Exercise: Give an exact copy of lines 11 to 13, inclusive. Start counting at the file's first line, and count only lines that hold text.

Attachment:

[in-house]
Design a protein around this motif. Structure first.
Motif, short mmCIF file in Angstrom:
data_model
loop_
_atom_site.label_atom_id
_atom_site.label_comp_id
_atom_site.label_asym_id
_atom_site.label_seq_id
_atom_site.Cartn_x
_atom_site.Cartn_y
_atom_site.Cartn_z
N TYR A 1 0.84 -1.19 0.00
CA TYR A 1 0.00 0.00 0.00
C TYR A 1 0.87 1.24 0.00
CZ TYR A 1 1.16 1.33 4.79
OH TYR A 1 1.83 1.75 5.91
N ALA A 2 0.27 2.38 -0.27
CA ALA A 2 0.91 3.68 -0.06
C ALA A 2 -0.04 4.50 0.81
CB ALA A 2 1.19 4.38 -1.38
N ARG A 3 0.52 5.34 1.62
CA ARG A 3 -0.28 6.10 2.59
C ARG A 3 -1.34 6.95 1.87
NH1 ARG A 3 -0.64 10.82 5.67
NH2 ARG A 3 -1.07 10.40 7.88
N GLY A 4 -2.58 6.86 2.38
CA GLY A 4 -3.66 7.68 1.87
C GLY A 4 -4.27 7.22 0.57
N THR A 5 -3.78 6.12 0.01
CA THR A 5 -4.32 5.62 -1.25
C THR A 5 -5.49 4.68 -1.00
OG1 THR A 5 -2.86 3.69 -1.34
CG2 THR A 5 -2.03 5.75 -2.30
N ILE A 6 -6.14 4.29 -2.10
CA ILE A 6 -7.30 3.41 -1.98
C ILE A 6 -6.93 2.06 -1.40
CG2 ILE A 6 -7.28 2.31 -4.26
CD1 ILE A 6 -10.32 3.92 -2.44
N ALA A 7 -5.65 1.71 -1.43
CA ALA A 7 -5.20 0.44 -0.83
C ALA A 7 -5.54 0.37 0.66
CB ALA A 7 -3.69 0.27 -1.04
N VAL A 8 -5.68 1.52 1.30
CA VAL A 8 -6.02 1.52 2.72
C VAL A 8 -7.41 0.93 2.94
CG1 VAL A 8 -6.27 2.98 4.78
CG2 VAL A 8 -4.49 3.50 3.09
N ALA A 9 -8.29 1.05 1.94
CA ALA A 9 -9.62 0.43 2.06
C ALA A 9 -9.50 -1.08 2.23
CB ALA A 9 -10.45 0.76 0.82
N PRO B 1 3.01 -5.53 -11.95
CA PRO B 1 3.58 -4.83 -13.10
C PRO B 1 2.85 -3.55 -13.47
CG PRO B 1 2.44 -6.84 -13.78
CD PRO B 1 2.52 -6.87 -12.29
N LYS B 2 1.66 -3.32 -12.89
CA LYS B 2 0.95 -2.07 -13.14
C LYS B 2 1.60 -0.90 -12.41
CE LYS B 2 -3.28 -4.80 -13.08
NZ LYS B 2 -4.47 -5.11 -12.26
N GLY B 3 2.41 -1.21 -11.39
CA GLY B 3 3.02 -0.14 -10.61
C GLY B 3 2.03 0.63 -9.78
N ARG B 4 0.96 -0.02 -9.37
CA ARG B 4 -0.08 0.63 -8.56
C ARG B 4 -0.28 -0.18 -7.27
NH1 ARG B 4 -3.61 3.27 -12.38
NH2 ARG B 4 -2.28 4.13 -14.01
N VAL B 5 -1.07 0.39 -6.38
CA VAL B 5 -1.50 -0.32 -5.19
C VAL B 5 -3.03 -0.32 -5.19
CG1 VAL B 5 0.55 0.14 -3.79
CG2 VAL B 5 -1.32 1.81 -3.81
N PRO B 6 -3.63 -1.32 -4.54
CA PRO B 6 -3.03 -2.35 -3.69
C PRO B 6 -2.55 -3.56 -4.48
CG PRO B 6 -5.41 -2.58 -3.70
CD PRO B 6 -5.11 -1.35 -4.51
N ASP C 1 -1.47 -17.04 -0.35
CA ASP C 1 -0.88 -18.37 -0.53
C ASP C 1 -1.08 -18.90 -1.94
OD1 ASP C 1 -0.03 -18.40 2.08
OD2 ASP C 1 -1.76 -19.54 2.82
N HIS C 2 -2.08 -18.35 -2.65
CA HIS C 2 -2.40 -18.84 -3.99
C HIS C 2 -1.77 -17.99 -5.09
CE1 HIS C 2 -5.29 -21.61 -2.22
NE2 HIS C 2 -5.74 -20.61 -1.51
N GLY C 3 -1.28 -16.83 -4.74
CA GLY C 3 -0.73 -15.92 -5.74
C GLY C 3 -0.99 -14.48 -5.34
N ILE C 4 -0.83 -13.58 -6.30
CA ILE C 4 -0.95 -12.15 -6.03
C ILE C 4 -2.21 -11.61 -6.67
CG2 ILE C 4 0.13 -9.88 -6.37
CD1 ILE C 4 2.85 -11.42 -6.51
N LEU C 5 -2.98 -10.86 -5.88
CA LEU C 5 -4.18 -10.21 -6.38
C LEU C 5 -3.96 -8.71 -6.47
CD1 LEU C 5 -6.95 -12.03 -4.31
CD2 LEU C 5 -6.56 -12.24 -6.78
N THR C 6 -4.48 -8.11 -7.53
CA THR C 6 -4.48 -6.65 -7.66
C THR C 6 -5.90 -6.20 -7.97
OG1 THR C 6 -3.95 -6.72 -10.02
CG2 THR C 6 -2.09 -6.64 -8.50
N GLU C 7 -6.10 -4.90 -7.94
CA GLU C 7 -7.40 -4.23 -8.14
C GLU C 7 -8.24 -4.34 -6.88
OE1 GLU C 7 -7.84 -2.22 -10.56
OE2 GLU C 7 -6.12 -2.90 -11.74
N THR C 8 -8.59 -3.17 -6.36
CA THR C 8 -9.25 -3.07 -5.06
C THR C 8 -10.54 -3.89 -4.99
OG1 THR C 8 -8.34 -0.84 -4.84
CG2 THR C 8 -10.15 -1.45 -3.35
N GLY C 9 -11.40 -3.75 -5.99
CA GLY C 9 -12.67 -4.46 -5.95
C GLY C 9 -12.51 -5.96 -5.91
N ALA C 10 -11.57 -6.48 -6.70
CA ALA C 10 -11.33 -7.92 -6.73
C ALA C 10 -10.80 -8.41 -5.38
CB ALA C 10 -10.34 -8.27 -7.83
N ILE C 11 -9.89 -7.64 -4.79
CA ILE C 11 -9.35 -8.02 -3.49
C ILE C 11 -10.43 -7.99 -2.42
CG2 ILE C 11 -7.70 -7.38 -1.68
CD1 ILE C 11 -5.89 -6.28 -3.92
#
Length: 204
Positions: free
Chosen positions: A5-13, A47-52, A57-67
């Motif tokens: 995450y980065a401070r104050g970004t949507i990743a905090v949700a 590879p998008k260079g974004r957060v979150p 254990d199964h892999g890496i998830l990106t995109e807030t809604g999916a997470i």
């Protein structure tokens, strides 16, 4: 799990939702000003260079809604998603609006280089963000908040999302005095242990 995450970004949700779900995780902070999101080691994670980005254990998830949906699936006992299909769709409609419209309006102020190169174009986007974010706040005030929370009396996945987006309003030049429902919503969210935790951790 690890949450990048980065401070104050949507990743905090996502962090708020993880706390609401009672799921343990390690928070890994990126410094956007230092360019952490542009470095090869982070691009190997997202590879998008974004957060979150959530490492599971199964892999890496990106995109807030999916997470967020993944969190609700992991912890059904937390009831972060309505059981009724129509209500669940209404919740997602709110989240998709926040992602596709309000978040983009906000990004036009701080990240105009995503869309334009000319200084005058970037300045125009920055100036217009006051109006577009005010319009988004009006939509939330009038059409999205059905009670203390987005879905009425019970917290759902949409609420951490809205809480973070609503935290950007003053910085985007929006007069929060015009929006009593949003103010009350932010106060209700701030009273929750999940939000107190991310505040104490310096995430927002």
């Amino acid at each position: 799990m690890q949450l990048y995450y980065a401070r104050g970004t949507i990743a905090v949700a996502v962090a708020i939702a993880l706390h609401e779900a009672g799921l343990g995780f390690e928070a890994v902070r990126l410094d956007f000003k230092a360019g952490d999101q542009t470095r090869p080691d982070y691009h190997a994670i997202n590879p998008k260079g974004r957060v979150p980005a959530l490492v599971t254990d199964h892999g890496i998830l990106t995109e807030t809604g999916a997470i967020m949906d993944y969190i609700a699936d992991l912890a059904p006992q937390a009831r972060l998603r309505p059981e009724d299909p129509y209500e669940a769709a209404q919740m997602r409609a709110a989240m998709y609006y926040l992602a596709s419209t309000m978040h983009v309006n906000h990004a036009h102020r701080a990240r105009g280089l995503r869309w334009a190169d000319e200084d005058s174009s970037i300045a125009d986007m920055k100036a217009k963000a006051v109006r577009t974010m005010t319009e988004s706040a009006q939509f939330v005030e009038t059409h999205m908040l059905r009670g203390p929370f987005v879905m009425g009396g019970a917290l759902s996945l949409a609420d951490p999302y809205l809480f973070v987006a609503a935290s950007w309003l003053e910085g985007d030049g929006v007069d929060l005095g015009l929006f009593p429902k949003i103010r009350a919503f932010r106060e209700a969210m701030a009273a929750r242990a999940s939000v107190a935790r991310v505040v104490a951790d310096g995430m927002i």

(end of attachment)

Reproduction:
_atom_site.Cartn_y
_atom_site.Cartn_z
N TYR A 1 0.84 -1.19 0.00